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14 messages
05/04/2014 at 17:39

Hi, I'm new to this forum. I have recently taken up gardening. In time I have realised that the ivy growing on the fence at the front of our property is growing out of control! It looks like the ivy has become very well established and is very rooted in the ground. I was quite shocked how much space it has taken into the garden at the footings of the fence. I have recently purchased some super strength phosphate which I am considering using although I am very concerned that this may destroy everything that is growing nearby. I will be removing the ivy entirely by hand with loppers etc. Does anyone have any advice on how I could kill off the ivy long term? 

05/04/2014 at 17:59

Rightly or wrongly, my own experience is that I obtained the best result from literally pulling the ivy up with my hands and keeping on top of it too.  The hardest bit was pulling long strands of ivy out from around trees, only to find our kitten on the other end of the ivy

05/04/2014 at 18:06

Yes, pull the ivy off the fence, then dig the roots out if you want to get rid of it completely, then you can use the glyphosate to spray any shoots that regrow.

We had a similar problem when we moved here - the ivy had got so bad that 2 weeks after moving in, a heavy rainstorm added to the weight of the ivy and it pulled a fence down!  We worked thoroughly pulling the icy off the remaining 40 metres of  fence and digging the roots out - now, 2 years later we have no ivy! and the garden seems much bigger!  

Good luck

05/04/2014 at 18:16

I've removed it from lots of places in this garden. Still got plenty, useful cover for bird/mammal/insec.t The flowers and berries are good as well.

Be careful pulling it off the fence unless it's good and solid. I haven't found the need to glyphosate later but it may depend on what sort of soil you're pulling it off. If you're got it on any otherwise empty ground a mower is an excellent tool

05/04/2014 at 18:17

 hello Dena, welcome

I've removed it from lots of places in this garden. Still got plenty, useful cover for bird/mammal/insect The flowers and berries are good as well.

Be careful pulling it off the fence unless it's good and solid. I haven't found the need to glyphosate later but it may depend on what sort of soil you're pulling it off. If you're got it on any otherwise empty ground a mower is an excellent tool

05/04/2014 at 18:18

Sorry about the double post

I tried to edit and ended up with 2

05/04/2014 at 18:31

I would agree with Nut, in that rather than remove all the ivy,  it might be better to treat the ivy-covered fence as a hedge and just clip it very close - if the fence is elderly removing the ivy might ruin it.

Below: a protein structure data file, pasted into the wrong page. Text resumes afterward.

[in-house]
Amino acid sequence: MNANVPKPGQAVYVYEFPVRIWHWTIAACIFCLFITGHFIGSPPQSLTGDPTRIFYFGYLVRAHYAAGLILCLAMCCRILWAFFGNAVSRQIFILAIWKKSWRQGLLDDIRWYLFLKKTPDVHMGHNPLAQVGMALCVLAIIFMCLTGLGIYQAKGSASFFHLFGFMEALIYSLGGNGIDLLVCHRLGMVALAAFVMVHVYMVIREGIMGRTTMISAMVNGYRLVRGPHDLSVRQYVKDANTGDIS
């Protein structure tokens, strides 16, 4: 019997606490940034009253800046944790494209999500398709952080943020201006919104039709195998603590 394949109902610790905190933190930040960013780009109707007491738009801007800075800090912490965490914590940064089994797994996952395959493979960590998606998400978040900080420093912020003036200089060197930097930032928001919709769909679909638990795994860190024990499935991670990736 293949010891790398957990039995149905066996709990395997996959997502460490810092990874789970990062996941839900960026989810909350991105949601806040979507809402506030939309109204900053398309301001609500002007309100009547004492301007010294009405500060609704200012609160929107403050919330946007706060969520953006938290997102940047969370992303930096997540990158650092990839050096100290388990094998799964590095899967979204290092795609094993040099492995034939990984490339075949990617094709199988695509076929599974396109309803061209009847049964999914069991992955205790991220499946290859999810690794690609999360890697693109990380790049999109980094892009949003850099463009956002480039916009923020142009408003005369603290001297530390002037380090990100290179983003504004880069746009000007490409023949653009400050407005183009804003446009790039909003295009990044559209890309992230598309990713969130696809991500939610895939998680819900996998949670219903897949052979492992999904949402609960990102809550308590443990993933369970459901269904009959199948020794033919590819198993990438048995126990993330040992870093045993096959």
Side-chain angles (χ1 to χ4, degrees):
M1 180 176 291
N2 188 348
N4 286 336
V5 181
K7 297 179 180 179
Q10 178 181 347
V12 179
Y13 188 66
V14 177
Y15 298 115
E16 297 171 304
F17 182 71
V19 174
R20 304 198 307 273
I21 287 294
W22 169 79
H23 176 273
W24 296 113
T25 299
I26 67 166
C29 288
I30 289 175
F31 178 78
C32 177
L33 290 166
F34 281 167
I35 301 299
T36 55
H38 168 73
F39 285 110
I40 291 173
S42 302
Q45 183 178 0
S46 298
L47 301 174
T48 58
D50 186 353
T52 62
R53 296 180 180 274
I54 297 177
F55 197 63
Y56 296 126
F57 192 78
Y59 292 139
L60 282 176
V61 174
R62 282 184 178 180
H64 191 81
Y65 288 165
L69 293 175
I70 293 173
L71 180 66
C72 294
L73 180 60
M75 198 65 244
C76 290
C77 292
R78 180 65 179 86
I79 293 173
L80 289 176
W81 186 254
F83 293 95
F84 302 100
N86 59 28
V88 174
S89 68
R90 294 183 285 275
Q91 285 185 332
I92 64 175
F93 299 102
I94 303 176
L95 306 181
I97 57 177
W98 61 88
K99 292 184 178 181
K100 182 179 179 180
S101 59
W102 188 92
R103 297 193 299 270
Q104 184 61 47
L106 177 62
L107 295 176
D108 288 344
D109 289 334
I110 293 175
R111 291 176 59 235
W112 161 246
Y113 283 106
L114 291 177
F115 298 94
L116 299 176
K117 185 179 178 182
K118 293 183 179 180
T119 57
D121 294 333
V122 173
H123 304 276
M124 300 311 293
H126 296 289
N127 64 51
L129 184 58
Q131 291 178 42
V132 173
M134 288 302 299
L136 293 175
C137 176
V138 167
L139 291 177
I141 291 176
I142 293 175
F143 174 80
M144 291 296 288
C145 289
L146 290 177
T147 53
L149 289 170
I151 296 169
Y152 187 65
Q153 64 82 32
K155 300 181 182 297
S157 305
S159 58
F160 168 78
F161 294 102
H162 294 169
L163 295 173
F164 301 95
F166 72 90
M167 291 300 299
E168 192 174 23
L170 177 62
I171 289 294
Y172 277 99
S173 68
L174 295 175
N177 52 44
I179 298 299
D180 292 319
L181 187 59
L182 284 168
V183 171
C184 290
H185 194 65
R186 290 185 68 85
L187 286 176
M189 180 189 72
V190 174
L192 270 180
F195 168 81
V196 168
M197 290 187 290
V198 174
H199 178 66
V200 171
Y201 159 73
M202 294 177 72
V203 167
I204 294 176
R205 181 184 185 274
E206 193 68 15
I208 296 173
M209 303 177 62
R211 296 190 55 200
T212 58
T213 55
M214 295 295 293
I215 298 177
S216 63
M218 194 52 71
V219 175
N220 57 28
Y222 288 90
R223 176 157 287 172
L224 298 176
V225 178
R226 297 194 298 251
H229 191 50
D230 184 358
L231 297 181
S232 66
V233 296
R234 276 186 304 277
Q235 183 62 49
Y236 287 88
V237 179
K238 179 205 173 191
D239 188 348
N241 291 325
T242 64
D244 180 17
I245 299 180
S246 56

Our fences had crumbled under the weight of the ivy and all had to be replaced.

05/04/2014 at 18:36

I was about to say the same Dove. If the fence is sound, take a hedgetrimmer over it and take the ivy back. As many have said , it's very useful for cover, small birds might nest in it, and the winter flower/ berry combo is a winner for wildlife too.

05/04/2014 at 20:16

I've got the same problem at the foot of a wall which is cracked from top to bottom and I suspect the thick ivy roots may be why. I've pulled it all off the wall and hacked it back to about a foot, but hesitate to use gylphosate as it's also just a foot or away from a climbing rose. Can you spray gylphosate safely near brown woody stems? or could I just carefully pour some over the remains of the  ivy?

05/04/2014 at 20:21

As long as you keep the glyphosate off the rose it'll be safe.  Get some stiff cardboard or something and make a shield for the rose when you spray the ivy.

05/04/2014 at 20:23

Ivy only damages walls which are already weak. English Heritage did some research with Oxford University which concluded ivy BENIFITS walls because it stabilises the fluctuations of extreme heat and also sheds rain away from brickwork.

06/04/2014 at 16:30

Thanks Dovefromabove, that sounds a good idea & I'll try it (as soon as it stops raining).

Hostafan1 - you're right, the wall is already weak, it's a retaining terrace wall which is pulling away from the house but I don't think  the ivy roots underneath it are helping.

12/04/2014 at 18:36

Thank you all so much for all your comments. I have been outside most of today with my partner and his brother clearing all the ivy and shredding it up using a garden shredder which is an amazing tool! I have posted a photo so you can see how overgrown the ivy has become. I am looking forward to when it is all done and I will post a photo on here to show you the results! I am getting the glyphosphate to hopefully kill it off in the next couple of days. I love gardening!  Dee 

http://s4.gardenersworld.com/uploads/images/original/42194.jpg?width=105&height=350&mode=max

 

 

 

12/04/2014 at 19:49

I spent all morning pulling ivy from next door off my fences. My garden is now a couple of ft wider  

I have glyphosphate for phase two which will commence tomorrow 

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